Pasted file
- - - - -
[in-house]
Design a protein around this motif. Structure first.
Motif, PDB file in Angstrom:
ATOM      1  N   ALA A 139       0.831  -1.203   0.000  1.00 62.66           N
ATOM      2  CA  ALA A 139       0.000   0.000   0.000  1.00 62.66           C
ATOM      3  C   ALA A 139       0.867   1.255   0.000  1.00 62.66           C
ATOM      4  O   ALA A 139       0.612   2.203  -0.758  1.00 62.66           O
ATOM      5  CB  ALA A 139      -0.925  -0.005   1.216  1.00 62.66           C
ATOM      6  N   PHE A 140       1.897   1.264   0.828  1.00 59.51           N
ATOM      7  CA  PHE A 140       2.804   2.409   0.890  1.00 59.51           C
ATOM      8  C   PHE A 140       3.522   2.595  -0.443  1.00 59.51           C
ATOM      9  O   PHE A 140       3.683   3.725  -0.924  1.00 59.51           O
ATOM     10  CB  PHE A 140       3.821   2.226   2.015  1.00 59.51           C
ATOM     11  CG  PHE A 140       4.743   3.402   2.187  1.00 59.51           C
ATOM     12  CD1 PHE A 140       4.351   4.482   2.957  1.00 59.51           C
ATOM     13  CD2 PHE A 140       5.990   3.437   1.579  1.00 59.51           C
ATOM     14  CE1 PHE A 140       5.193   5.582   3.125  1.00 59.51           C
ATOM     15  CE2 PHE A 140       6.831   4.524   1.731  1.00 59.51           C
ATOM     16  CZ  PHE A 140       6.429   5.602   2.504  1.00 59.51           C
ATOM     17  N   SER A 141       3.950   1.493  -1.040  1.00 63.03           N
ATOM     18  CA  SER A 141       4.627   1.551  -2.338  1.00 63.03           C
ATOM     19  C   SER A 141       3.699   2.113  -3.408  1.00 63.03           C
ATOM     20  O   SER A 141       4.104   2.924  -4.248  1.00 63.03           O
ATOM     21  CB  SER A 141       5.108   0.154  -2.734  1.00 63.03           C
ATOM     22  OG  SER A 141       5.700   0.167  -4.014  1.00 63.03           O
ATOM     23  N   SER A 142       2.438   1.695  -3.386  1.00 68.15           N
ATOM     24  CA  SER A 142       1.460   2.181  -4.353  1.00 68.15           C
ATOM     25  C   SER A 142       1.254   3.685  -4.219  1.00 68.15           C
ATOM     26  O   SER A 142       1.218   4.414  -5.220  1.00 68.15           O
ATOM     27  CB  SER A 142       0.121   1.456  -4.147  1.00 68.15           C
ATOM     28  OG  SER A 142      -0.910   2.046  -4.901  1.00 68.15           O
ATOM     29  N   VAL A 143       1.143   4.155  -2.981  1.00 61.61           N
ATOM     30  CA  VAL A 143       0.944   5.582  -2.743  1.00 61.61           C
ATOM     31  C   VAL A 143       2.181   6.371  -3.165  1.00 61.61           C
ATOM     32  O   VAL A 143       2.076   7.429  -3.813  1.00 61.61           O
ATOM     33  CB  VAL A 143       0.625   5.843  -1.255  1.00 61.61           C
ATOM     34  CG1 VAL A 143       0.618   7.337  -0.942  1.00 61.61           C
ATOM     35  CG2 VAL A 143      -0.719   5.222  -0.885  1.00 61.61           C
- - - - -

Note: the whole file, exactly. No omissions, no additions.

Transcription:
[in-house]
Design a protein around this motif. Structure first.
Motif, PDB file in Angstrom:
ATOM      1  N   ALA A 139       0.831  -1.203   0.000  1.00 62.66           N
ATOM      2  CA  ALA A 139       0.000   0.000   0.000  1.00 62.66           C
ATOM      3  C   ALA A 139       0.867   1.255   0.000  1.00 62.66           C
ATOM      4  O   ALA A 139       0.612   2.203  -0.758  1.00 62.66           O
ATOM      5  CB  ALA A 139      -0.925  -0.005   1.216  1.00 62.66           C
ATOM      6  N   PHE A 140       1.897   1.264   0.828  1.00 59.51           N
ATOM      7  CA  PHE A 140       2.804   2.409   0.890  1.00 59.51           C
ATOM      8  C   PHE A 140       3.522   2.595  -0.443  1.00 59.51           C
ATOM      9  O   PHE A 140       3.683   3.725  -0.924  1.00 59.51           O
ATOM     10  CB  PHE A 140       3.821   2.226   2.015  1.00 59.51           C
ATOM     11  CG  PHE A 140       4.743   3.402   2.187  1.00 59.51           C
ATOM     12  CD1 PHE A 140       4.351   4.482   2.957  1.00 59.51           C
ATOM     13  CD2 PHE A 140       5.990   3.437   1.579  1.00 59.51           C
ATOM     14  CE1 PHE A 140       5.193   5.582   3.125  1.00 59.51           C
ATOM     15  CE2 PHE A 140       6.831   4.524   1.731  1.00 59.51           C
ATOM     16  CZ  PHE A 140       6.429   5.602   2.504  1.00 59.51           C
ATOM     17  N   SER A 141       3.950   1.493  -1.040  1.00 63.03           N
ATOM     18  CA  SER A 141       4.627   1.551  -2.338  1.00 63.03           C
ATOM     19  C   SER A 141       3.699   2.113  -3.408  1.00 63.03           C
ATOM     20  O   SER A 141       4.104   2.924  -4.248  1.00 63.03           O
ATOM     21  CB  SER A 141       5.108   0.154  -2.734  1.00 63.03           C
ATOM     22  OG  SER A 141       5.700   0.167  -4.014  1.00 63.03           O
ATOM     23  N   SER A 142       2.438   1.695  -3.386  1.00 68.15           N
ATOM     24  CA  SER A 142       1.460   2.181  -4.353  1.00 68.15           C
ATOM     25  C   SER A 142       1.254   3.685  -4.219  1.00 68.15           C
ATOM     26  O   SER A 142       1.218   4.414  -5.220  1.00 68.15           O
ATOM     27  CB  SER A 142       0.121   1.456  -4.147  1.00 68.15           C
ATOM     28  OG  SER A 142      -0.910   2.046  -4.901  1.00 68.15           O
ATOM     29  N   VAL A 143       1.143   4.155  -2.981  1.00 61.61           N
ATOM     30  CA  VAL A 143       0.944   5.582  -2.743  1.00 61.61           C
ATOM     31  C   VAL A 143       2.181   6.371  -3.165  1.00 61.61           C
ATOM     32  O   VAL A 143       2.076   7.429  -3.813  1.00 61.61           O
ATOM     33  CB  VAL A 143       0.625   5.843  -1.255  1.00 61.61           C
ATOM     34  CG1 VAL A 143       0.618   7.337  -0.942  1.00 61.61           C
ATOM     35  CG2 VAL A 143      -0.719   5.222  -0.885  1.00 61.61           C